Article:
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Unbearable suffering is a key criterion in legally granting patients' euthanasia requests in Belgium yet a generally accepted definition of unbearable suffering remains elusive. The ability to understand and assess unbearable suffering is essential, particularly in patients with psychiatric conditions, as the underlying causes of these conditions are not always apparent. To enable research into when and why suffering experiences incite patients with psychiatric conditions to request euthanasia, and to help explore preventive and curative perspectives, the development of an assessment instrument is needed.
To improve the cognitive validity of a large initial item pool used to assess the nature and extent of suffering in patients with psychiatric conditions.
Cognitive validity was established via two rounds of cognitive interviews with patients with psychiatric conditions with (n = 9) and without (n = 5) euthanasia requests.
During the first round of cognitive interviews, a variety of issues relating to content, form and language were reported and aspects that were missing were identified. During the second round, the items that had been amended were perceived as sufficiently easily to understand, sensitive to delicate nuances, comprehensive and easy to answer accurately. Neither research topic nor method were perceived as emotionally strenuous, but instead as positive, relevant, comforting and valuable.
This research resulted in an item pool that covers the concept of suffering more adequately and comprehensively. Further research endeavours should examine potential differences in suffering experiences over time and in patients with psychiatric conditions with and without euthanasia requests. The appreciation patients demonstrated regarding their ability to speak extensively and openly about their suffering and wish to die further supports the need to allow patients to speak freely and honestly during consultations.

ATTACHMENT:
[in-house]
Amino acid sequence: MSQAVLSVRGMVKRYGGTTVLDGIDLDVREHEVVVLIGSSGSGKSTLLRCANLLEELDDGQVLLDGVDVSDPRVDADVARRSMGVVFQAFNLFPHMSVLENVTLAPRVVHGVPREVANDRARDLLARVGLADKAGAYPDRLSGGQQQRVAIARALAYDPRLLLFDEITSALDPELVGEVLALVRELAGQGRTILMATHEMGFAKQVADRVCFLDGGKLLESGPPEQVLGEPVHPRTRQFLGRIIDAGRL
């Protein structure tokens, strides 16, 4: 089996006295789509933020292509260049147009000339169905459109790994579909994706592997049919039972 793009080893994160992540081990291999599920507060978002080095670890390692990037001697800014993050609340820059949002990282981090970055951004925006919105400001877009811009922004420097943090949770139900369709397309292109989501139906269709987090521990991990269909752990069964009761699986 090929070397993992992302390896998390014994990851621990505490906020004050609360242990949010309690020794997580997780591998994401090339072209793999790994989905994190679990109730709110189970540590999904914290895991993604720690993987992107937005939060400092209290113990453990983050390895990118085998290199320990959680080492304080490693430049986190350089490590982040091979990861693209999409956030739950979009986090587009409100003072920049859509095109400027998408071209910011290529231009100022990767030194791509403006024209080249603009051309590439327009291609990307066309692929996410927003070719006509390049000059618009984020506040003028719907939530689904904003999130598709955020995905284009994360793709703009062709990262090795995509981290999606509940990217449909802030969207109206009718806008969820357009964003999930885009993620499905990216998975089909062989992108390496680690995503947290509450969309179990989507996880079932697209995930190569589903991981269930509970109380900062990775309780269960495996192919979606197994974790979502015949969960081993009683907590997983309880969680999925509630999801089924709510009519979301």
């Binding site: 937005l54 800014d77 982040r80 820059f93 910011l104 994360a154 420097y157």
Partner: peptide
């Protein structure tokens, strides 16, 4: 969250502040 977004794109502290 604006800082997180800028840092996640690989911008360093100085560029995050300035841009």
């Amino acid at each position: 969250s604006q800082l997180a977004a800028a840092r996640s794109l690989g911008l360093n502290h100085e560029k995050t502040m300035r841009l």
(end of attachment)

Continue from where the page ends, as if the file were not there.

The concept of ‘unbearable suffering’ is central to legislation governing whether euthanasia requests may be granted, but remains insufficiently understood, especially in relation to psychiatric patients.
To provide insights into the suffering experiences of psychiatric patients who have made a request for euthanasia.
Testimonials from 26 psychiatric patients who requested euthanasia were analysed using QualiCoder software.
Five domains of suffering were identified: medical, intrapersonal, interpersonal, societal and existential. Hopelessness was confirmed to be an important contributor. The lengthy process of applying for euthanasia was a cause of suffering and added to experienced hopelessness, whereas encountering physicians who took requests seriously could offer new perspectives on treatment.
The development of measurement instruments to assess the nature and extent of suffering as experienced by psychiatric patients could help both patients and physicians to better navigate the complicated and sensitive process of evaluating requests in a humane and competent way. Some correlates of suffering (such as low income) indicate the need for a broad medical, societal and political debate on how to reduce the burden of financial and socioeconomic difficulties and inequalities in order to reduce patients' desire for euthanasia. Euthanasia should never be seen (or used) as a means of resolving societal failures.
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